Serving an international readership with the Old Jerusalem Gospel via the Internet.
Home | Current Issue | Archives | Lauds | Links | churches of Christ
Plan of Salvation | Correspondence Course | Daily Bible Reading | Contact Us

 Vol. 5, No. 3 

March 2003

~ Page 15 ~

Calmness and Control

By Andy Robison

Image It's all about control, isn't it? Especially the amount of personal security we feel -- it's based on the quantity of control we believe we possess.

When Jesus encouraged his disciples to cross the sea with him, "a great windstorm arose, and the waves beat into the boat, so that it was already filling" (Mark 4:37). The disciples, quite understandably, were afraid for their very lives. They asked Jesus anxiously, "Teacher, do You not care that we are perishing?" (Mark 4:38). You see, it is natural to be fearful when things are out of control. The disciples must have felt merely an infinitesimal measure of security, for the wind and the waves were beyond their control. They were at the mercy of the forces of nature, and they were afraid.

There was One in the ship, of course, who did not fear, but slept peacefully -- at least until he was awakened by the nervous passengers. His calmness was, by measure of human nature, inexplicable. There was a storm going on! This ship could have sunk! How could anybody have been sleeping?

The Lord slept soundly because he was secure. And he was secure because he knew he had ultimate control. He was the agent through whom everything (including the sea and the laws of nature) was made (John 1:1-3; Colossians 1:16-17). Therefore, he knew he controlled them. He knew the storm was no threat to him. He was the One in control. That makes perfect sense.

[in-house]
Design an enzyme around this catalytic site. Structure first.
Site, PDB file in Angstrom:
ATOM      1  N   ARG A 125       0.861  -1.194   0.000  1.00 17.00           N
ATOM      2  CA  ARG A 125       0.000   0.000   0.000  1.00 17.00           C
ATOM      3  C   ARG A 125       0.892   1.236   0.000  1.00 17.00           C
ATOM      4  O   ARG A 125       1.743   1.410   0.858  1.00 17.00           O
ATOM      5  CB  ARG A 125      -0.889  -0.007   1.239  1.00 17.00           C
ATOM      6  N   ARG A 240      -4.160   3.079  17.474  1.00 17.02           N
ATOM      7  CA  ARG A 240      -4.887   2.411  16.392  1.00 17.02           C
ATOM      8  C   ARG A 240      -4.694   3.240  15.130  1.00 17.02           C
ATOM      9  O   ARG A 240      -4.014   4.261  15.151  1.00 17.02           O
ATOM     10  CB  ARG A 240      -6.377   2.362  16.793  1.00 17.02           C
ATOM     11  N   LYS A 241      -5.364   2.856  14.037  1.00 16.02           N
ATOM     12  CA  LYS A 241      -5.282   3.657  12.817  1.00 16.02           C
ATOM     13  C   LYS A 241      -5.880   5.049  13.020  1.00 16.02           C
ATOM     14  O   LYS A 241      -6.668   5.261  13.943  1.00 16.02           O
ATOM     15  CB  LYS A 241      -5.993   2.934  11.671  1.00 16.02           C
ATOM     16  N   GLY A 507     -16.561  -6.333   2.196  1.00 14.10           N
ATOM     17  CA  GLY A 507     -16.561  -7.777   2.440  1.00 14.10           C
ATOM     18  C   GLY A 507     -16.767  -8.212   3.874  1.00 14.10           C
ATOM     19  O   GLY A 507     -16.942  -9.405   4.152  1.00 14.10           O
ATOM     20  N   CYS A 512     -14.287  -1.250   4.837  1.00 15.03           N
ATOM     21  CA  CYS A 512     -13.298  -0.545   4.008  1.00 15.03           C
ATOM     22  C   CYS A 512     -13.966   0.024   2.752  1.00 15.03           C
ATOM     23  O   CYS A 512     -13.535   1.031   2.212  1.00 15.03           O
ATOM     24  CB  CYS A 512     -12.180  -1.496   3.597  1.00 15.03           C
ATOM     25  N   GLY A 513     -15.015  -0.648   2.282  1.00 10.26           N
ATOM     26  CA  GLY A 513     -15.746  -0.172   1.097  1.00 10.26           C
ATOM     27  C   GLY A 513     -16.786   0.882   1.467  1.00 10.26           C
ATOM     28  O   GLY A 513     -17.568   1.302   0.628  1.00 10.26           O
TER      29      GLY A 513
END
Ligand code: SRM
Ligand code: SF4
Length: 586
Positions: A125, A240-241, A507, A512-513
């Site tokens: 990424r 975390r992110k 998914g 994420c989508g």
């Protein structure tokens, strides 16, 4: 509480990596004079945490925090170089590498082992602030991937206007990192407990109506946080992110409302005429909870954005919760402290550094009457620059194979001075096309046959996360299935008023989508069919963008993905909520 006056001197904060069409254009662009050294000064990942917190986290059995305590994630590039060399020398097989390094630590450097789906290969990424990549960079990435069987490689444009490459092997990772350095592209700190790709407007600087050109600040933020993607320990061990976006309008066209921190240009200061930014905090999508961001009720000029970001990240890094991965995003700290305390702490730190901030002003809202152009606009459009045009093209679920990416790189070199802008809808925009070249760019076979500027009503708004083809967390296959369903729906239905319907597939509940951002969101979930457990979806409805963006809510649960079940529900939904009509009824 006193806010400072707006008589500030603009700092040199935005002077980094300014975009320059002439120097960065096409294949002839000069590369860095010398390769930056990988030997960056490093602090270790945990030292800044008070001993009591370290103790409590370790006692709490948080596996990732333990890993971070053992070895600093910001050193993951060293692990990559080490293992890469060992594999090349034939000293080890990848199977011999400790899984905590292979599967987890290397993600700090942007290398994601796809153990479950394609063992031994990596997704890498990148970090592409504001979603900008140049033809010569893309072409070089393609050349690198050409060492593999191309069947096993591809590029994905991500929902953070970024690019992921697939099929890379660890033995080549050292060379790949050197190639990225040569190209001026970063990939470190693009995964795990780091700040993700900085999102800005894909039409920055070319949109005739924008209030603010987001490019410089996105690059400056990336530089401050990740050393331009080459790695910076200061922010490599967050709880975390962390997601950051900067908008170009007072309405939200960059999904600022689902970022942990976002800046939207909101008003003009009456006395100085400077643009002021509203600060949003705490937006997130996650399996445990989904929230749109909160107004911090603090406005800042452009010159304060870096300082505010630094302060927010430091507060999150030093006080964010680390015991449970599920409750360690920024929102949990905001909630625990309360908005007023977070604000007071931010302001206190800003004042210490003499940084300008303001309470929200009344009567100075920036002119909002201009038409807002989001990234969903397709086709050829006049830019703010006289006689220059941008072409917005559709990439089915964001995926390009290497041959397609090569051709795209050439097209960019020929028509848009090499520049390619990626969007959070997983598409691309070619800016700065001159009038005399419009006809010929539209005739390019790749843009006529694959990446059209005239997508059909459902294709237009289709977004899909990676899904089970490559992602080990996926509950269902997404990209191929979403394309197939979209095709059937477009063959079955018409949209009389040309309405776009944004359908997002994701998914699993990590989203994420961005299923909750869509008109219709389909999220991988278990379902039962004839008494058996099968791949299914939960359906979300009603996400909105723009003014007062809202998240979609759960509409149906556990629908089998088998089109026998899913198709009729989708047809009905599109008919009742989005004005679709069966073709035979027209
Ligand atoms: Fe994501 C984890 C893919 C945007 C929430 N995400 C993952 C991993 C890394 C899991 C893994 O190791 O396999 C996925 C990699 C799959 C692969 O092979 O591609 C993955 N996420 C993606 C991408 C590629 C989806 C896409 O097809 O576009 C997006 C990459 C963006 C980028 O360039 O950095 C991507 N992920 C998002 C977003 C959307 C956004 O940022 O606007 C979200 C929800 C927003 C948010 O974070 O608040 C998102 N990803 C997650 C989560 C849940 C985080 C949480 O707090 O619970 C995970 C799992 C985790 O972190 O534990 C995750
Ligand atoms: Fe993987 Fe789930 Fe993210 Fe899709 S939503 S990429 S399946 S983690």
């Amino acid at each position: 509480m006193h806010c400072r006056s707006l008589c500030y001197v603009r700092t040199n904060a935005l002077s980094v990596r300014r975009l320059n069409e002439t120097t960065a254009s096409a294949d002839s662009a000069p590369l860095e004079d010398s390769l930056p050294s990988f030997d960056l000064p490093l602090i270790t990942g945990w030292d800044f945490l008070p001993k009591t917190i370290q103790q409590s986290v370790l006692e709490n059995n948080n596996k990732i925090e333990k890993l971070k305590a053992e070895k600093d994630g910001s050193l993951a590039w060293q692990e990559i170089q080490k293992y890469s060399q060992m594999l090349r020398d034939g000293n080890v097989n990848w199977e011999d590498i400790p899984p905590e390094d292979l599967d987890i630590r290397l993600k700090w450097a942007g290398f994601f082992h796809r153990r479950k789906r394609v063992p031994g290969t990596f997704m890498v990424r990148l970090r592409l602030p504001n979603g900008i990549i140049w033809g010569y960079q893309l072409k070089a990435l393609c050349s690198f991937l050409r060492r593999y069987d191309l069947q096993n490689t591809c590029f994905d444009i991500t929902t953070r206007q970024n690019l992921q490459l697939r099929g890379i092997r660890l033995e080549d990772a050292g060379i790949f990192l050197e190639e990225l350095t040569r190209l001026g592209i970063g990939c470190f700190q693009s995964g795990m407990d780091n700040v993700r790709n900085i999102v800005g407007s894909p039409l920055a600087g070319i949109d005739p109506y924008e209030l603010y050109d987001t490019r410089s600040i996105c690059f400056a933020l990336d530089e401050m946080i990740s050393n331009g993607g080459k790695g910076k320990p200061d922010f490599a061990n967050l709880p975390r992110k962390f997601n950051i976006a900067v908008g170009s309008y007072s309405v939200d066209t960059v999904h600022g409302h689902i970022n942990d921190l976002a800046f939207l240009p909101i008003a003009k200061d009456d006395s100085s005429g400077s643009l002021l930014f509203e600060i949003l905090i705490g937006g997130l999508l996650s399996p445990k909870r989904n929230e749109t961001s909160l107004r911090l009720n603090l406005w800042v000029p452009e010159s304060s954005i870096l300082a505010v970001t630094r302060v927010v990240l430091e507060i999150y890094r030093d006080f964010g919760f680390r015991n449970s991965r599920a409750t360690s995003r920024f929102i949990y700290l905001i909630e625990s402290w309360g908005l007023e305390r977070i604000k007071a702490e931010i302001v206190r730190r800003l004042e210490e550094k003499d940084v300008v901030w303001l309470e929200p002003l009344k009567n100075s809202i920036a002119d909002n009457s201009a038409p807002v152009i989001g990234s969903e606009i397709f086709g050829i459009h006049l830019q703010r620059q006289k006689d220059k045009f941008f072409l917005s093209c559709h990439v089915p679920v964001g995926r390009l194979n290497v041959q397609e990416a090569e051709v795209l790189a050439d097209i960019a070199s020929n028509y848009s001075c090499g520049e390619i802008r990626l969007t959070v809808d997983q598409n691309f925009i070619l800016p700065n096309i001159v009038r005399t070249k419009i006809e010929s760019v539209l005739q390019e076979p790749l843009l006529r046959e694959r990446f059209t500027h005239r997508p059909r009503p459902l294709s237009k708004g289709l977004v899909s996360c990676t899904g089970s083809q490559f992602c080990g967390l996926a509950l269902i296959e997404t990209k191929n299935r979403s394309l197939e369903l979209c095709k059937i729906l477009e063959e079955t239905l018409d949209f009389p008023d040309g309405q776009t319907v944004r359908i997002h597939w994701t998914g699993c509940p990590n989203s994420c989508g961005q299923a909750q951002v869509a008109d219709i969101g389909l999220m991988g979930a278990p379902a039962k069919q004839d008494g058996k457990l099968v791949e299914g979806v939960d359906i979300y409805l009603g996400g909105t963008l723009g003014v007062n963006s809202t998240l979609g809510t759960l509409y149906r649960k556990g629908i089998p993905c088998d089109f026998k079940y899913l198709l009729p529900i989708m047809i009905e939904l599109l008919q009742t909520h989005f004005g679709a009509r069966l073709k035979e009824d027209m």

He arose from his slumber at the bidding of his shipmates, and with three words (as translated in English) calmed the unruly sea -- immediately. His personal security makes perfect sense.

The puzzler of the account, then, is why he would rebuke the disciples for the fear. He chided them, "Why are you so fearful? How is it that you have no faith?" (Mark 6:40). Why, it would make sense that they wouldn't have faith, wouldn't it? They were not in control of nature! They could shout, "Peace, be still," all they wanted and not even quiet each other down, much less the storm.

Herein must be the great lesson of the passage. The first lesson touches our intellect -- we know who Jesus was and the power he had. This lesson touches our emotions. He wants us, you see, to have the same kind of calmness and peace about us as he had about him. Not because we are in control, as he is, but because we, by faith, place our lives in the tenderly loving hands of the One who does have control. Control is beyond our reach. Calmness isn't. He calls us to never be anxious, but to trust him.

"Be anxious for nothing, but in everything by prayer and supplication, with thanksgiving, let your requests be made known to God; and the peace of God, which surpasses all understanding, will guard your hearts and minds through Christ Jesus" (Philippians 4:6-7).

"Therefore humble yourselves under the mighty hand of God, that He may exalt you in due time, casting all your care upon Him, for He cares for you" (1 Peter 5:6-7).

Peace that passes human understanding comes only "through Christ Jesus." When we place faith in him, we are in the same hands that control the world. When we humble ourselves in his sight, he helps us with our cares.

How marvelously comforting to have such a powerful being -- indeed, the Almighty -- bearing burdens for us, so weak and helpless. Such a truth is not always easy to remember, or to understand, but it is a truth. It won't be changed by our feelings. He promises to stand by his children.Image

Go to Page: 1  2  3  4  5  6  7  8  9  10  11  12  13  14  15  16  17  18  19  20

Conditions of Use